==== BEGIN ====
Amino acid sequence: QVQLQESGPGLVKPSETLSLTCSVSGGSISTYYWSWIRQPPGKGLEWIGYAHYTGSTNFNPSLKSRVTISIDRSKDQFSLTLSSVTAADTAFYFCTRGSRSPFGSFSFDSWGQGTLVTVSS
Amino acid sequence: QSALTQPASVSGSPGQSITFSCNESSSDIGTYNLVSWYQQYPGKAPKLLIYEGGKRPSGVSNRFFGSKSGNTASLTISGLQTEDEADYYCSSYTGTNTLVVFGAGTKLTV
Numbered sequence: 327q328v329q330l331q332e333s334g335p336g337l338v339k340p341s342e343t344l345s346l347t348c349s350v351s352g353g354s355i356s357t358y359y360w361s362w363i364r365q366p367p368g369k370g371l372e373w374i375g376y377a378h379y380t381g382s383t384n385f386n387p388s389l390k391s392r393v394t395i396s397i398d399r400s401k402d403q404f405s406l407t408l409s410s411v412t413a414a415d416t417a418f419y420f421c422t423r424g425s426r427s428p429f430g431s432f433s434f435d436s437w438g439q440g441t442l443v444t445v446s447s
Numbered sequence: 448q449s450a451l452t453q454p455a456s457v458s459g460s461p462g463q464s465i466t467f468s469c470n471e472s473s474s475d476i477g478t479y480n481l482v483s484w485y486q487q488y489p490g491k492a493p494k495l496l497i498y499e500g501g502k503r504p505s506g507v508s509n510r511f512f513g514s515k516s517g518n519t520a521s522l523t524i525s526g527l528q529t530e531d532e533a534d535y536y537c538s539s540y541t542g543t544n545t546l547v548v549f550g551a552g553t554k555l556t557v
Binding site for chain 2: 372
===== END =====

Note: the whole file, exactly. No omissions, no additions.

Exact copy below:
Amino acid sequence: QVQLQESGPGLVKPSETLSLTCSVSGGSISTYYWSWIRQPPGKGLEWIGYAHYTGSTNFNPSLKSRVTISIDRSKDQFSLTLSSVTAADTAFYFCTRGSRSPFGSFSFDSWGQGTLVTVSS
Amino acid sequence: QSALTQPASVSGSPGQSITFSCNESSSDIGTYNLVSWYQQYPGKAPKLLIYEGGKRPSGVSNRFFGSKSGNTASLTISGLQTEDEADYYCSSYTGTNTLVVFGAGTKLTV
Numbered sequence: 327q328v329q330l331q332e333s334g335p336g337l338v339k340p341s342e343t344l345s346l347t348c349s350v351s352g353g354s355i356s357t358y359y360w361s362w363i364r365q366p367p368g369k370g371l372e373w374i375g376y377a378h379y380t381g382s383t384n385f386n387p388s389l390k391s392r393v394t395i396s397i398d399r400s401k402d403q404f405s406l407t408l409s410s411v412t413a414a415d416t417a418f419y420f421c422t423r424g425s426r427s428p429f430g431s432f433s434f435d436s437w438g439q440g441t442l443v444t445v446s447s
Numbered sequence: 448q449s450a451l452t453q454p455a456s457v458s459g460s461p462g463q464s465i466t467f468s469c470n471e472s473s474s475d476i477g478t479y480n481l482v483s484w485y486q487q488y489p490g491k492a493p494k495l496l497i498y499e500g501g502k503r504p505s506g507v508s509n510r511f512f513g514s515k516s517g518n519t520a521s522l523t524i525s526g527l528q529t530e531d532e533a534d535y536y537c538s539s540y541t542g543t544n545t546l547v548v549f550g551a552g553t554k555l556t557v
Binding site for chain 2: 372